Bowers Writers House opens for semester, panel on new technology

Jamie Verrekia September 14, 2017 0

A panel-style presentation allowed the Elizabethtown College community to hear a variety of opinions on new technology emerging within the sciences. The event took place Sept. 5 at 7 p.m. at the College’s Bowers Writers House. The panel consisted of four professors with varying specializations in the sciences.
The presenters included associate professor of physics and engineering Dr. Tomas Estrada, associate professor of biology Dr. Diane Bridge, associate professor of biology Dr. Aaron Cecala and professor of physics and engineering Dr. Kurt DeGoede.
Estrada enjoys writing and soccer. Bridge’s research focuses on the connection between biomedical and environmental sciences. Cecala has recently done research involving the study of a monkey’s brain. DeGoede is an avid runner.
Before the event began, the weather outside did not look promising. The rain continued to come down as students entered the event.
“I liked the multiple perspectives among the panel,” first-year Scott Kennedy said. “I also liked how the topics were interconnected to each other.”
The event started with a raffle for a book entitled “The Biology of Luck” by Jacob Appel. Then the presentations began. The panel set up gave each professor about ten minutes to share their research.
DeGoede went first and talked about how wearable devices use sensors to track the body’s movement. The devices can be useful for patients completing physical therapy. He also brought in a prototype.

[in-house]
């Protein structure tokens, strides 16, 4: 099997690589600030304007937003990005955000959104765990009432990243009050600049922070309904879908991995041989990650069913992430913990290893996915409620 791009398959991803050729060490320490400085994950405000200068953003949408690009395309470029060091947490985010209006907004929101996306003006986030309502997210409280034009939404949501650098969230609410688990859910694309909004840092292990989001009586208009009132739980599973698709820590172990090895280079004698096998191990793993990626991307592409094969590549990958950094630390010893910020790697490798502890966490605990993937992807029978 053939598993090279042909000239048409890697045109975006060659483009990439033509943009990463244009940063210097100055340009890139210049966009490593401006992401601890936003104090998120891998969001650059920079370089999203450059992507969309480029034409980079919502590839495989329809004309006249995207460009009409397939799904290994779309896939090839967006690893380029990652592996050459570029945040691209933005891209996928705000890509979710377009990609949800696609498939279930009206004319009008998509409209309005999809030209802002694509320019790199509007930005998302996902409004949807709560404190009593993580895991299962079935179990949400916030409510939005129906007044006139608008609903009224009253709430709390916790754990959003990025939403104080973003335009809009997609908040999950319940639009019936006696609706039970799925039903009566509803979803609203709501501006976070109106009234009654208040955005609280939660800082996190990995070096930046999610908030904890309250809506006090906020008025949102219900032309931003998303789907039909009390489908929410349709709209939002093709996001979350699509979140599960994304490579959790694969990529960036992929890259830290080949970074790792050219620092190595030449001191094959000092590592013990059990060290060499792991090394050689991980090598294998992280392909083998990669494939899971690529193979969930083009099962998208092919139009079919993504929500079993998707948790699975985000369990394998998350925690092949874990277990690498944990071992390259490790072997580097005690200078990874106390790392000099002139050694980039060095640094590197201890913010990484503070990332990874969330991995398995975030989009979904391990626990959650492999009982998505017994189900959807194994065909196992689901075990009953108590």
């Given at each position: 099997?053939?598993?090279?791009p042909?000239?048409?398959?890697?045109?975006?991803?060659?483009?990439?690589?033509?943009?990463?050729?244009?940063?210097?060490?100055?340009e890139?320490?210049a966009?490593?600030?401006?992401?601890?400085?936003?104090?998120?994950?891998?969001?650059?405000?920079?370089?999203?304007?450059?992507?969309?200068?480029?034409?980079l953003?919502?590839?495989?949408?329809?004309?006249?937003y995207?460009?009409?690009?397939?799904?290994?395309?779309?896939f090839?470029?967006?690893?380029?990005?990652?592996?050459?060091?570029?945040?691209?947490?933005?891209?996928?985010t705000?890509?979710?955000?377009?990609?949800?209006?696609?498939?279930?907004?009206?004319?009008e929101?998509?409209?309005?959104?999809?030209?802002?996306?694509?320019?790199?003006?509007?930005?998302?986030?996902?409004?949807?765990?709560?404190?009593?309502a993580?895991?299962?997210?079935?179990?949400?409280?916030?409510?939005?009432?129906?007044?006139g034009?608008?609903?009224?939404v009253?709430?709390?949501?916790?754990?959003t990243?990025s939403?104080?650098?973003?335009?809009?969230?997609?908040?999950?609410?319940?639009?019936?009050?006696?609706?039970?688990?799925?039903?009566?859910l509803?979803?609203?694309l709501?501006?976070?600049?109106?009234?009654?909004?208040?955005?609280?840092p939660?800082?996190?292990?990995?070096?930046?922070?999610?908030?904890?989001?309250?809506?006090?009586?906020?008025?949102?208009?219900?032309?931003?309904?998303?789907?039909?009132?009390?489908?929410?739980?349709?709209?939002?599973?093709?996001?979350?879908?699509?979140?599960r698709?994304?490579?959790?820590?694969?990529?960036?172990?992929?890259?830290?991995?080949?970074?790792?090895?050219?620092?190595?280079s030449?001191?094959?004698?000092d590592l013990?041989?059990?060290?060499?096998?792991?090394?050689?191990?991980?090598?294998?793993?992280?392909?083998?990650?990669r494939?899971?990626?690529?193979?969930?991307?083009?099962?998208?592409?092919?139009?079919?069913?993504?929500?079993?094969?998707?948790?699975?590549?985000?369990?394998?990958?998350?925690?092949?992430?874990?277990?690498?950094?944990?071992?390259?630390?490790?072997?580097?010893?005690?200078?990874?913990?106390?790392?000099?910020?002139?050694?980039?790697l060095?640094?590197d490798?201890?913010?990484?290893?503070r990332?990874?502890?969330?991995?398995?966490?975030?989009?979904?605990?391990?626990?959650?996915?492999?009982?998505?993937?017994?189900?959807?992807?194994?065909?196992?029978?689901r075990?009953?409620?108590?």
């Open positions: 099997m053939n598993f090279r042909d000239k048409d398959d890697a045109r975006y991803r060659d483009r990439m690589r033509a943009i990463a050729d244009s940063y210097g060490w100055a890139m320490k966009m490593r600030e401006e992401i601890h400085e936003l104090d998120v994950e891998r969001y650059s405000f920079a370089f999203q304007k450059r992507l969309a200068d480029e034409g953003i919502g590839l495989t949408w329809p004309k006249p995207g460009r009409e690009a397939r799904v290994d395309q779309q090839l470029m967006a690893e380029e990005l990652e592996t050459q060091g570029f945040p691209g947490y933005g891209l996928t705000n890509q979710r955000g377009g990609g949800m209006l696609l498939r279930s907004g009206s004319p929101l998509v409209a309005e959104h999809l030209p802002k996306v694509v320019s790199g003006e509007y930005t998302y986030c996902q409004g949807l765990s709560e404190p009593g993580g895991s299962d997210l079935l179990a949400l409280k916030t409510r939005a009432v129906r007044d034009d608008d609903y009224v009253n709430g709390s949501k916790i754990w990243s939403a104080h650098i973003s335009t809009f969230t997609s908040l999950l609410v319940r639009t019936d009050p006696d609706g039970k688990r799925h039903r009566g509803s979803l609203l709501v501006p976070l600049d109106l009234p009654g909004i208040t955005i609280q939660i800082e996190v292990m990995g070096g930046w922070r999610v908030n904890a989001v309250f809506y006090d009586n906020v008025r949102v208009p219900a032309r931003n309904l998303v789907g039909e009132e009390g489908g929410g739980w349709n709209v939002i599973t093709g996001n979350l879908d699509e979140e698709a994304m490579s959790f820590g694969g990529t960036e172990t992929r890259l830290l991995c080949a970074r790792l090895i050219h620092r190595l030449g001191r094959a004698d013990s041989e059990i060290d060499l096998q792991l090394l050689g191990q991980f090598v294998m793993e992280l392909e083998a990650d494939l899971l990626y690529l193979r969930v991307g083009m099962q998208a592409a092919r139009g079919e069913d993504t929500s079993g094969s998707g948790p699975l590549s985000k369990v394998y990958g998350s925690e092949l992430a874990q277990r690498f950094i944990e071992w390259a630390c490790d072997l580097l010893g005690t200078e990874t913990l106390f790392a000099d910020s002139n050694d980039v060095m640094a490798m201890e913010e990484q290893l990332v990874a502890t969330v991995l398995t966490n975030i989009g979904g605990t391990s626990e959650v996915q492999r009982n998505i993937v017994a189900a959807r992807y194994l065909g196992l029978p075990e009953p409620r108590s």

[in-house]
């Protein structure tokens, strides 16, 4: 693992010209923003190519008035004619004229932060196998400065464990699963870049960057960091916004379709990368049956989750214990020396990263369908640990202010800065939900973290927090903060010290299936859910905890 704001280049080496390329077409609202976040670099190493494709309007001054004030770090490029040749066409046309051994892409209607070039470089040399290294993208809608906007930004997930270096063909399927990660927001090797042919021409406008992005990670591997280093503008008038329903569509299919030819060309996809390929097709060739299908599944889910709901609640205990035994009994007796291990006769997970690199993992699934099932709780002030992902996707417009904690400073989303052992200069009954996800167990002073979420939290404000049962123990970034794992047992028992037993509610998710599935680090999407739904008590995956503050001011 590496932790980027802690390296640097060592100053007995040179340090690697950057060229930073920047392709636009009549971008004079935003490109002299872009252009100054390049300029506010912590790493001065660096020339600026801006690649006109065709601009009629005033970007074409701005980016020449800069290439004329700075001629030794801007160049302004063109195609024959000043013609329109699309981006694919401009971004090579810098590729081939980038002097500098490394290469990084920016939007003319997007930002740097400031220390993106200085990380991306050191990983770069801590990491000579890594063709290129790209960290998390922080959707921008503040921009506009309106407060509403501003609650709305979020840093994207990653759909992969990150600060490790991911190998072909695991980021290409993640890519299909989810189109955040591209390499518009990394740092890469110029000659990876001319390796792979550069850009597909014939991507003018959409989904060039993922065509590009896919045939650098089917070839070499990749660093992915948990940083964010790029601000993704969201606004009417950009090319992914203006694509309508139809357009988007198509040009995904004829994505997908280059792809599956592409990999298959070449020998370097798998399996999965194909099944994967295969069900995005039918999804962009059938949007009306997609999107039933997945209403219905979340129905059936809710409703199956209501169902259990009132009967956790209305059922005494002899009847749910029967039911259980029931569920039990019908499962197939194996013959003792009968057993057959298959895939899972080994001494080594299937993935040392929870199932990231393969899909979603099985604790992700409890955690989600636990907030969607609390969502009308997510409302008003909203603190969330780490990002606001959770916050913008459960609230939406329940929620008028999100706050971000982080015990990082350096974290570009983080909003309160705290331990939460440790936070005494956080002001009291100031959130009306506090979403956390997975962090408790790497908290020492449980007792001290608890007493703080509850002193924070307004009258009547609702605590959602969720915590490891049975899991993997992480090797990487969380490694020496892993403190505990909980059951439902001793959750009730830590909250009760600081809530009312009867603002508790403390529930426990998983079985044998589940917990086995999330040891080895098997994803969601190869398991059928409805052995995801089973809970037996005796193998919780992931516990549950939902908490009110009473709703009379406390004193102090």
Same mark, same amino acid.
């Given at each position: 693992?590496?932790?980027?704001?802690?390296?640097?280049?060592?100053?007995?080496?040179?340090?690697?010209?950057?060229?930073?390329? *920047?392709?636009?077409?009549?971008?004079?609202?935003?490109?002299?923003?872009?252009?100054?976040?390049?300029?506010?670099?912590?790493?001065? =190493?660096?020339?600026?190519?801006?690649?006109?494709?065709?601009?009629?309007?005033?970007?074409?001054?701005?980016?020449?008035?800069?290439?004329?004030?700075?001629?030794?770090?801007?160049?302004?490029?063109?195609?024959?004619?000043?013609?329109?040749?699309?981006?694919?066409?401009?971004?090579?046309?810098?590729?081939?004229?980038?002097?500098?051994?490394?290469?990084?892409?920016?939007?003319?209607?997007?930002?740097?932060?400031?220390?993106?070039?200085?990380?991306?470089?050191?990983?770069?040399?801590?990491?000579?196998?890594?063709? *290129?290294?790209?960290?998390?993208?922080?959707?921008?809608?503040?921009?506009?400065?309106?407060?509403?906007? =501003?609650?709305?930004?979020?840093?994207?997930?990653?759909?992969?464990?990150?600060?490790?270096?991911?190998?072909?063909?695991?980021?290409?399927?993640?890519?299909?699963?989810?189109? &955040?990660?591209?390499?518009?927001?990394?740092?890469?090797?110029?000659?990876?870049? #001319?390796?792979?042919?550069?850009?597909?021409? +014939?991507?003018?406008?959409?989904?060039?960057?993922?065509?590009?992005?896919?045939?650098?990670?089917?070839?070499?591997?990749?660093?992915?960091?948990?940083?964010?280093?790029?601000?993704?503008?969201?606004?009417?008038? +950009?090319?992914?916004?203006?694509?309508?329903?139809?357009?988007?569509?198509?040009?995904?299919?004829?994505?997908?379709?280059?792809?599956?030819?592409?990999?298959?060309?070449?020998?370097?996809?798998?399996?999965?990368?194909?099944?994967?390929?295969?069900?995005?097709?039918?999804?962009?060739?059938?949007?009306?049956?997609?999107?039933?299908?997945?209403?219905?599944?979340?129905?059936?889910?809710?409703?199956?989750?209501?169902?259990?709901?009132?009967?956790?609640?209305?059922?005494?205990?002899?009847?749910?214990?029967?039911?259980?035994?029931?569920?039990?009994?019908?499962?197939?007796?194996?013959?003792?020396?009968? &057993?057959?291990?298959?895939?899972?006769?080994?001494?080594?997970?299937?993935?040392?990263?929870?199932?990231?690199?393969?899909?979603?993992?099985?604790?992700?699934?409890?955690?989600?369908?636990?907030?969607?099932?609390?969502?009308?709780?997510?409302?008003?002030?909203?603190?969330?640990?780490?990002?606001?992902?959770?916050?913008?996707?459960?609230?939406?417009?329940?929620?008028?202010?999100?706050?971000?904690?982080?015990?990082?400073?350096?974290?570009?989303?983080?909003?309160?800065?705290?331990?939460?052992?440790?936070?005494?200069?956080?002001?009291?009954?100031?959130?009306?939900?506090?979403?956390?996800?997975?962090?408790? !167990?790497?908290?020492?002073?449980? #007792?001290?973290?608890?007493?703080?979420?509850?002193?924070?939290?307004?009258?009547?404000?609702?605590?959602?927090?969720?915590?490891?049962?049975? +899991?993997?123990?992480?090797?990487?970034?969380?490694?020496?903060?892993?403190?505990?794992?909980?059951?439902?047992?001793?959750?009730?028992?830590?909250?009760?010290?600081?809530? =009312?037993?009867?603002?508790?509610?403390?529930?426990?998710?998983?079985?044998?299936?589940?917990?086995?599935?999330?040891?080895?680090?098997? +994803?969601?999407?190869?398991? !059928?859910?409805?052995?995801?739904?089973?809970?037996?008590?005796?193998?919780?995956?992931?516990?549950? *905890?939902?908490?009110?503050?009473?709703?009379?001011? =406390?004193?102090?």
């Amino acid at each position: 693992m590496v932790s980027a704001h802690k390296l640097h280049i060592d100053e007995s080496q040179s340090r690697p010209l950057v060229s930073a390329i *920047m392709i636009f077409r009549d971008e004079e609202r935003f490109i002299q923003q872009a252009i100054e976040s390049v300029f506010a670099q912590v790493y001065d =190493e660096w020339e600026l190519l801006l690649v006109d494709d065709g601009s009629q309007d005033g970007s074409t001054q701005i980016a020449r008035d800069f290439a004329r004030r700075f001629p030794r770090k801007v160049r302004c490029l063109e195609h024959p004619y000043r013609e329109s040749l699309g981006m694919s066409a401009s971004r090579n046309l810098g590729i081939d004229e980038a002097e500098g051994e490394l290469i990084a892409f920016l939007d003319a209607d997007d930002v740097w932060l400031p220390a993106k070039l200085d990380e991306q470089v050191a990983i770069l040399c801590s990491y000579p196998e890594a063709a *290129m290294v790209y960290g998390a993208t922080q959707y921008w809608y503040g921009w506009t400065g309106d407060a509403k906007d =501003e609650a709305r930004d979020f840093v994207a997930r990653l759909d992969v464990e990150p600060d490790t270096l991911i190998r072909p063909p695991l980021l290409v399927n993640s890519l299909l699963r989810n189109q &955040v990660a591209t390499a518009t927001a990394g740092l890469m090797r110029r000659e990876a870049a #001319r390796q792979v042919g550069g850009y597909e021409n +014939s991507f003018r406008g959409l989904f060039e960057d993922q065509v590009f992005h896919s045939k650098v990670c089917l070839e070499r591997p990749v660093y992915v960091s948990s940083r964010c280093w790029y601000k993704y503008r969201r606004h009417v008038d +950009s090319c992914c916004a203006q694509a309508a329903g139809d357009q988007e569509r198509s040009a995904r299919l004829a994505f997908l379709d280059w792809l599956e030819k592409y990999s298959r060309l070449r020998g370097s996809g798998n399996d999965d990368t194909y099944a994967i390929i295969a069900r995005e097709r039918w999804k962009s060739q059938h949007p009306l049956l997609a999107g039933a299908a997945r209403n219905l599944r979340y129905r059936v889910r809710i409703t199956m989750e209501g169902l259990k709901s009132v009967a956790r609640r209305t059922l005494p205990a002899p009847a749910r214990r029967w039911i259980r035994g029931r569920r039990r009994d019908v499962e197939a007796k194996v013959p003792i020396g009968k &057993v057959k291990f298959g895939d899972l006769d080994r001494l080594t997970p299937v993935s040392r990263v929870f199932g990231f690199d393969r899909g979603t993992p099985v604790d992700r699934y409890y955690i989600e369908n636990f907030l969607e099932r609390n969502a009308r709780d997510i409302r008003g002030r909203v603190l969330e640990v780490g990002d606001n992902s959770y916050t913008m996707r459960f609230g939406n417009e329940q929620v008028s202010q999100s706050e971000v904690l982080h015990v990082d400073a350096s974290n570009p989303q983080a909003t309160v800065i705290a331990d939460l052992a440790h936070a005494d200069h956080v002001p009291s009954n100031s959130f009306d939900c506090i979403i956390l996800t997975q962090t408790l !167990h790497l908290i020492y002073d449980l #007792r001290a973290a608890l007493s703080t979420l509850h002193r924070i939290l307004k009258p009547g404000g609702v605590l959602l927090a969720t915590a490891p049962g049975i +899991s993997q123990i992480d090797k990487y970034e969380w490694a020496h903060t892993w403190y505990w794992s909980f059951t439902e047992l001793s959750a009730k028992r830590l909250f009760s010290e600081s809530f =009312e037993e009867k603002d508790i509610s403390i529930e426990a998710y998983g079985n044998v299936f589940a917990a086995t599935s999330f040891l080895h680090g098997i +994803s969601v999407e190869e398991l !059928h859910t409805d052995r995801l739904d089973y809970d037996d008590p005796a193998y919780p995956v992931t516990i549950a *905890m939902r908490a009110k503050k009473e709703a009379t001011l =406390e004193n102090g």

Estrada presented next. He talked about how old technology like the electronical power grid, computer and radio have “changed our lives.”
He went on to talk about future technology that could have the same impact, such as the smart grid, self-driving cars and 5G. A smart grid would allow electronic communication to run more efficiently.
The self-driving cars may be able to “prevent drunk driving and reduce human error,” Estrada said.
5G is a new form of smartphone that will be able to convey information more widely. He concluded his segment by explaining some concerns with the newer developing technology. One issue is that the interconnectivity of the devices could lead to cyberhacking.
After Estrada, Cecala talked about how advancements in technological tools have helped advance the study of the brain.
Magnetic resonance imaging (MRI) is a technology that allows doctors to see images of the brain, but it does not give them a full picture of what the brain looks like. Advancing technology can now turn on and off certain areas of the brain to give a better understanding of the brain as a whole.
“Computers have greatly helped make advancements in this field,” Cecala said.
Bridge presented last and talked about how studying molecules can help in creating new technology.
For example, bacteria found in Yellowstone National Park undergo a process called the polymerase chain reaction. This reaction means DNA is being copied. Scientists can use this process to make faster and cheaper DNA sequencing, which can help in treating diseases.
A chocolate fondue reception followed the event, which gave students a chance to ask the professors additional questions depending on their interests.
The event is the first of many to be held at the Bowers Writers House this year. The next event will take place Sept. 15 and will discuss the changing climate of Turkey.

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